Consider the body, loud with sound
yet it must wait in silence. Explain
the mind so dense with words
it would mouth the alphabet into the lap
of a listening hand. Observe the heart alive
with language, yet without a single adjective
or verb to be found; no joining words, no
clever nouns lining up for the taking.
Notice the ear resting, as it does
on an outer edge, leaning against the dark
in a place older than speech. Listen. Hear
those swarms of echoes rising? They climb
the walls, pound the air. Imagine.
All that sound
and not a word out of it.
Return - Pastel & charcoal on paper - CB 2009
Over the weekend, I was thinking ahead to today's TP and got this poem typed up and ready to go. Then I found myself dithering, so I changed my mind and posted Rilke's Live the Question instead. And then I dithered some more. I've been like this lately - dithery. It's disconcerting. Indecisiveness tends not to be part of my usual modus operandi, but then again, neither is the deeply creeping fatigue that's been an unwelcome but insistent companion these past however many weeks. Words - both written and spoken - have been taking on peculiar shapes. They've looked strange on the page and sounded odd on the tongue. Sometimes ordinary language seems intent on eluding me altogether.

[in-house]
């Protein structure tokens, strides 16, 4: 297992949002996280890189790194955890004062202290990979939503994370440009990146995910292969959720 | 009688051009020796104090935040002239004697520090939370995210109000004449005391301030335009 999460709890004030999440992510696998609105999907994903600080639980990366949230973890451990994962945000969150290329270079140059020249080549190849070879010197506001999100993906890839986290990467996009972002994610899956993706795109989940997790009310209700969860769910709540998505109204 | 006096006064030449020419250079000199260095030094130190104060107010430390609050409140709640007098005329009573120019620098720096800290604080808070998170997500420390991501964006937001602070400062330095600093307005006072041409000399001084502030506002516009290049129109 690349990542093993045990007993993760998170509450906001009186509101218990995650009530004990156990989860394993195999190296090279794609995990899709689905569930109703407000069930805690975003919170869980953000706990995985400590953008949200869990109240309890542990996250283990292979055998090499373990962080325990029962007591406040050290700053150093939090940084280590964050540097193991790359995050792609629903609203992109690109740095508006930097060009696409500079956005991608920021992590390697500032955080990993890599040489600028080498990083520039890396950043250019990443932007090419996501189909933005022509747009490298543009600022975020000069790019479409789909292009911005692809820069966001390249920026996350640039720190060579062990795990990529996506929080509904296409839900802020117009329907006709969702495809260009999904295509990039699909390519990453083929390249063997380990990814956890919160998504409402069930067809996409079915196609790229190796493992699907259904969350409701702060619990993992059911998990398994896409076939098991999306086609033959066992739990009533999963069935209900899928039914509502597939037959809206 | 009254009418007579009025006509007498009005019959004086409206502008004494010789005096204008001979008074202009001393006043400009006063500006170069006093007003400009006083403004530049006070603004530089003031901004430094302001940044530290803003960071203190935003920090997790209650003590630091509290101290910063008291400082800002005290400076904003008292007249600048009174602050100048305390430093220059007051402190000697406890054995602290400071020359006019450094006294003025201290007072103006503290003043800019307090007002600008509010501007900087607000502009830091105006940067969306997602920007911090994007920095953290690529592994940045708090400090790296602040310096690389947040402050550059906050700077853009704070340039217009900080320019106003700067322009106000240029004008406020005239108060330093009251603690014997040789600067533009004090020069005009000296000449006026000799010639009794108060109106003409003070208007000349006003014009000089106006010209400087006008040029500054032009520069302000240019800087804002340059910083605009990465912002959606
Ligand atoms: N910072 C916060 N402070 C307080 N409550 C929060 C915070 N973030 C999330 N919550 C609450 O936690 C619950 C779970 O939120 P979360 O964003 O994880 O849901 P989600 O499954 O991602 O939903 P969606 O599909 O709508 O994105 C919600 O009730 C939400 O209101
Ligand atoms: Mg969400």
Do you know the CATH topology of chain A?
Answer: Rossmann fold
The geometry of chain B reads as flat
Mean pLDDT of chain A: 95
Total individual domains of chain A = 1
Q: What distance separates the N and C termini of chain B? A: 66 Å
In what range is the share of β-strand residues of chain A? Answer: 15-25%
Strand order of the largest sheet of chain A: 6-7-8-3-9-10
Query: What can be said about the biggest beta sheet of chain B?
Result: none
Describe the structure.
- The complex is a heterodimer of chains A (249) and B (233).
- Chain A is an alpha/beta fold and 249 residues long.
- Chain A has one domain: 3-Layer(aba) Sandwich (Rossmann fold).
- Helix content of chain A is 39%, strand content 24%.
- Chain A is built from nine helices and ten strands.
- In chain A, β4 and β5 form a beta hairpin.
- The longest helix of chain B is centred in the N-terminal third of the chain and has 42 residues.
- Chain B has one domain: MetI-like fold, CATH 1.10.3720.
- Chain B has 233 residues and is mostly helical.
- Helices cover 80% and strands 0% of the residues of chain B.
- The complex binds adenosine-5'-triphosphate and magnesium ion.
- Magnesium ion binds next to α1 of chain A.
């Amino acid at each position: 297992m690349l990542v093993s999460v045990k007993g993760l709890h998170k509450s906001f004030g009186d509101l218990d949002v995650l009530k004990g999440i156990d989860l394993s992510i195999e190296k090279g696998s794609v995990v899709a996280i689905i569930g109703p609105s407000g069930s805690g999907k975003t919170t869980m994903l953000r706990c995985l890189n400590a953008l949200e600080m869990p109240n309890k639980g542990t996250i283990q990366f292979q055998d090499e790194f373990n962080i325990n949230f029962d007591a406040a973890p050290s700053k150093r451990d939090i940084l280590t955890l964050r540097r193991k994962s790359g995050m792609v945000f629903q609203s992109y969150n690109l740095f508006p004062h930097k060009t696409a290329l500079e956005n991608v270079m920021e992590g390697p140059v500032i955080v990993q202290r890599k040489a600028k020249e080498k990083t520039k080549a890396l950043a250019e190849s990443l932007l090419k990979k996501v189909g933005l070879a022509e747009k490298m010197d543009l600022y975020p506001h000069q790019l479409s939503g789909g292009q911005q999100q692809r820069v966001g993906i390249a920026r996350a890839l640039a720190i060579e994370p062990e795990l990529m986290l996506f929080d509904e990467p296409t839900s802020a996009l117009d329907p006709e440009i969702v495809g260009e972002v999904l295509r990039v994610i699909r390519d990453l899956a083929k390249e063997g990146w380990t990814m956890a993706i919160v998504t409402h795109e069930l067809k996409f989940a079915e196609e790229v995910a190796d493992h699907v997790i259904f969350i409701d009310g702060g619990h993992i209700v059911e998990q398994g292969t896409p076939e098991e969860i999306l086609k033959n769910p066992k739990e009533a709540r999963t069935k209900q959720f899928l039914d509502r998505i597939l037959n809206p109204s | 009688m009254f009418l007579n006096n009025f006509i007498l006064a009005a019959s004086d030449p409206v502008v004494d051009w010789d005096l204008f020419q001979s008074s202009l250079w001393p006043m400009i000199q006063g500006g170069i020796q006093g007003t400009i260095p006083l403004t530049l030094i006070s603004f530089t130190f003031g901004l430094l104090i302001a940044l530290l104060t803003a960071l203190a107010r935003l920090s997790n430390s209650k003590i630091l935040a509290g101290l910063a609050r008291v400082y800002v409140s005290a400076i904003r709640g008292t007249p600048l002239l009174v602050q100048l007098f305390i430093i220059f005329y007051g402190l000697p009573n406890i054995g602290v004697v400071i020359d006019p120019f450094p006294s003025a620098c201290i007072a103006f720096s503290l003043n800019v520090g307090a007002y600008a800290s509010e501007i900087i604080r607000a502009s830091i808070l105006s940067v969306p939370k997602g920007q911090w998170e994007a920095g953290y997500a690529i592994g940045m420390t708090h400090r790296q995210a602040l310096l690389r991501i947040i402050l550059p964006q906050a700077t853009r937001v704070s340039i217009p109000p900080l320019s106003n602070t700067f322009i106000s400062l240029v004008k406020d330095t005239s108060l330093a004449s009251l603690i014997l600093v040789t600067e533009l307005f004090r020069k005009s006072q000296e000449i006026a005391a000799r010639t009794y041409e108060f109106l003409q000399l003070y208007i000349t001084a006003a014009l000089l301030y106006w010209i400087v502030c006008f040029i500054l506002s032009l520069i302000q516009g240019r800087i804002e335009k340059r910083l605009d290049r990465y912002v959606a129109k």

Anyway, when I woke in the wee hours this morning, I reached for my lapdog and started reading the first few Tuesday Poems that had been posted, beginning with T. Clear's chosen poem at the TP hub - The Shape of Words (desert love poem) by Odawni AJ Palmer. Each week's set of Tuesday poems seems to demonstrate an overarching pattern or unspoken understanding, suggesting our wider preoccupations are in synch. I find the way this expresses 'community' inspiring and comforting. Connections are made. Poems become bridges or stepping stones tossed into the oceans between North and South, East and West. Spontaneous conversations rise up. In light of all this, I've decided to keep Rilke for another time and to post Coaxing a bridge out of the sands of a desert as originally intended. (Whew, I eventually got there!)
Click here for more Tuesday poems